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Epigraph
War happens to people, one by one. That is really all I have to say, and it seems to me I have been saying it forever.
--Martha Gellhorn, The Face of War
Dedication
For Josh, always
First words
There were years after it happened, after I'd returned from the town and come back here to the busy blank of the city, when some comment would be tossed off about the Second World War and how it had gone - some idiotic remark about clarity and purpose - and I'd resist the urge to stub out my cigarette and bring the dinner party to a satisfying halt.
Quotations
Murrow's three questions, which formed the basis for every broadcast – What is happening? How does it affect Americans? What does the Common Man say – didn't cohere in the face of this one. The scraps added up to a terrible time for the Jews, any man at home could see.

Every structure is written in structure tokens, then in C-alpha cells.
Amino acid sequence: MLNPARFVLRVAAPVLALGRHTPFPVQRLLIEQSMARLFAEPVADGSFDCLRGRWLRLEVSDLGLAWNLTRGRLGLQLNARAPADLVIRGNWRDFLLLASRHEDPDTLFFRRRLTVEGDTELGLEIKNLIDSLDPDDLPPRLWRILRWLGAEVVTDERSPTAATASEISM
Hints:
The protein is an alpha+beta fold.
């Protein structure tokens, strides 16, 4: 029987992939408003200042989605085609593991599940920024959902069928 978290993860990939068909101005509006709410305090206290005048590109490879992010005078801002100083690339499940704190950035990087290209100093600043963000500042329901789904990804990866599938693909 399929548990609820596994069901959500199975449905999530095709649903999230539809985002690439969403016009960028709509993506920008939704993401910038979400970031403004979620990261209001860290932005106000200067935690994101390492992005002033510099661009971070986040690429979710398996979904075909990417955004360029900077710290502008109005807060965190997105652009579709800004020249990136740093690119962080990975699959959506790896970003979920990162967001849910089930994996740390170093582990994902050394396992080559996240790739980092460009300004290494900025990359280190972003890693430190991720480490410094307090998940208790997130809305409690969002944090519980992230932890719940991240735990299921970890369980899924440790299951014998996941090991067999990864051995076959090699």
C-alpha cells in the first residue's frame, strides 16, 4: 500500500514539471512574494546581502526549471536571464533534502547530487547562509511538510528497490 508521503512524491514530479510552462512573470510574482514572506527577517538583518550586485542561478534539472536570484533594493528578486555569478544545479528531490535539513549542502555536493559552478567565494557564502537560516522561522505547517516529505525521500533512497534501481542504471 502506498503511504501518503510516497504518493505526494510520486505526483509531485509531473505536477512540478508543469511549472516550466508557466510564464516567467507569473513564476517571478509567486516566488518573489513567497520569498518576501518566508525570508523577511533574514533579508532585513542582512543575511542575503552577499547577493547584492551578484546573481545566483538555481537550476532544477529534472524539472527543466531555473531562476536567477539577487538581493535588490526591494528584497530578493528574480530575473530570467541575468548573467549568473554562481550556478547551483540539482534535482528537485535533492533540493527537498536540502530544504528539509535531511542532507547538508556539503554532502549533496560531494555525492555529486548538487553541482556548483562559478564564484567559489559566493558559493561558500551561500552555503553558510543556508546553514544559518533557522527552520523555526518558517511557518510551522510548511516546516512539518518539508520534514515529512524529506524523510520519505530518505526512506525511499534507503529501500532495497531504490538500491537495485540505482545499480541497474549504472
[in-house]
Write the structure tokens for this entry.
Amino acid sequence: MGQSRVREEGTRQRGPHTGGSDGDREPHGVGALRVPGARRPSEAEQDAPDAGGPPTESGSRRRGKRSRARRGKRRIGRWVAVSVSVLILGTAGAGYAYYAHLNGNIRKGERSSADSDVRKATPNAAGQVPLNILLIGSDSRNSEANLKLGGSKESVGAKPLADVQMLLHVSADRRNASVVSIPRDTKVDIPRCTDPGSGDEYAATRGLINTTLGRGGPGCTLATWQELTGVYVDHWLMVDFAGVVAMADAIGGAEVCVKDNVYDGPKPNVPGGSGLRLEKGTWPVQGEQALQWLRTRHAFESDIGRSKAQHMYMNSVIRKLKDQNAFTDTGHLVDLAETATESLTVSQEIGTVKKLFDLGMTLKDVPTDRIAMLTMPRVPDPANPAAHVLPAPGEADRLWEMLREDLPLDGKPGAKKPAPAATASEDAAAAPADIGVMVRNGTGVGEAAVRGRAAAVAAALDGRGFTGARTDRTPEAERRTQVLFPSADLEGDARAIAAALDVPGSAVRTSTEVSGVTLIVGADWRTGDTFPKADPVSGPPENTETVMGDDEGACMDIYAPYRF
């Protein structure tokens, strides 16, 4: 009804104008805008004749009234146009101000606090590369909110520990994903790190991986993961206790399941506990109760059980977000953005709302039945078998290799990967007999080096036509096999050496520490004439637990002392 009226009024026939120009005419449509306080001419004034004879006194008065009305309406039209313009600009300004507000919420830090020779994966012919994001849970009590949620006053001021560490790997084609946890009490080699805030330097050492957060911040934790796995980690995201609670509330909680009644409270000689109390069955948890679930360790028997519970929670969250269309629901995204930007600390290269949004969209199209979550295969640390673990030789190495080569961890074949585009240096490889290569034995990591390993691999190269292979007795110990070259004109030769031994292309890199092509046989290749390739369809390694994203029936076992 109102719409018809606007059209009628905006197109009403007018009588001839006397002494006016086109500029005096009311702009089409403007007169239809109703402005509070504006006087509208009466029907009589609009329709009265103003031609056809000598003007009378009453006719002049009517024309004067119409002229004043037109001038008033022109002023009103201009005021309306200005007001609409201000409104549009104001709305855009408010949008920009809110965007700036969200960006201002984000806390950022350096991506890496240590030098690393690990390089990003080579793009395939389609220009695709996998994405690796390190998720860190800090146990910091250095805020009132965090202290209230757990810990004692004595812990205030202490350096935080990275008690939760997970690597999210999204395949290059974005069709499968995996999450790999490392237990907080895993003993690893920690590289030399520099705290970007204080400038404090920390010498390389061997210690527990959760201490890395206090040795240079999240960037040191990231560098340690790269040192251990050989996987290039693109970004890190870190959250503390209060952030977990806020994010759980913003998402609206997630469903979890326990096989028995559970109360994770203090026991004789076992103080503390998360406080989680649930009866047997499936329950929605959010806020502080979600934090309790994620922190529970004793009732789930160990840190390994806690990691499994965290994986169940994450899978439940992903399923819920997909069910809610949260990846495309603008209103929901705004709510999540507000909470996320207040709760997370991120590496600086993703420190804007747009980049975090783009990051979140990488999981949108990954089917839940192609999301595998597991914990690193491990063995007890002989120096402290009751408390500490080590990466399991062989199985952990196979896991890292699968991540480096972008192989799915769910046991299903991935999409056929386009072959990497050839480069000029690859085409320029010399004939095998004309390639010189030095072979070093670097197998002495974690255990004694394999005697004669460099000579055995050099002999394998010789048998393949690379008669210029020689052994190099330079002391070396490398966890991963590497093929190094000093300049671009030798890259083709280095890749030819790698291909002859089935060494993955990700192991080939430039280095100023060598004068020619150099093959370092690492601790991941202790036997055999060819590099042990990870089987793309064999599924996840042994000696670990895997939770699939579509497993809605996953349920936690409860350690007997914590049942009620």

48.(husband who escaped,
Must be tough not to know what happened, not to know whether he's all right.” … “It gets you thinking about all the parts in a story we never see … the parts around the edges. You bring someone like that boy so alive before us and there he is set loose in our world so that we can't stop thinking of him. But then the report is over, the boy disappears. He was just a boy in a story and we never know the ending, we never get to close the book. It makes you wonder what happens to the people in them after the story stops – all the stories you've reported, for instance. Where are they all now?
And what had Frankie thought? That she'd get over here and find the single story that would make the world sit up and listen? These are the Jews of Europe. Here is what is happening. Pay attention. But there was no story. Or rather, she turned from the window and considered the portable recorder. There was no story over here that she could tell from beginning until the end. The story of the Jews lay in the edges around what could be told. She sucked in her breath, the doctor's words ghosting her thoughts. The parts that whisper off into the dark, the boy and the girl listening, the woman in the corner, the mother's distracted face looking up into the moonlight, her hand in her boy's curls as he slept. The sound of that little boy's laughter caught for one impossible second, caught and held. There in the wisps, was the truth of what was happening.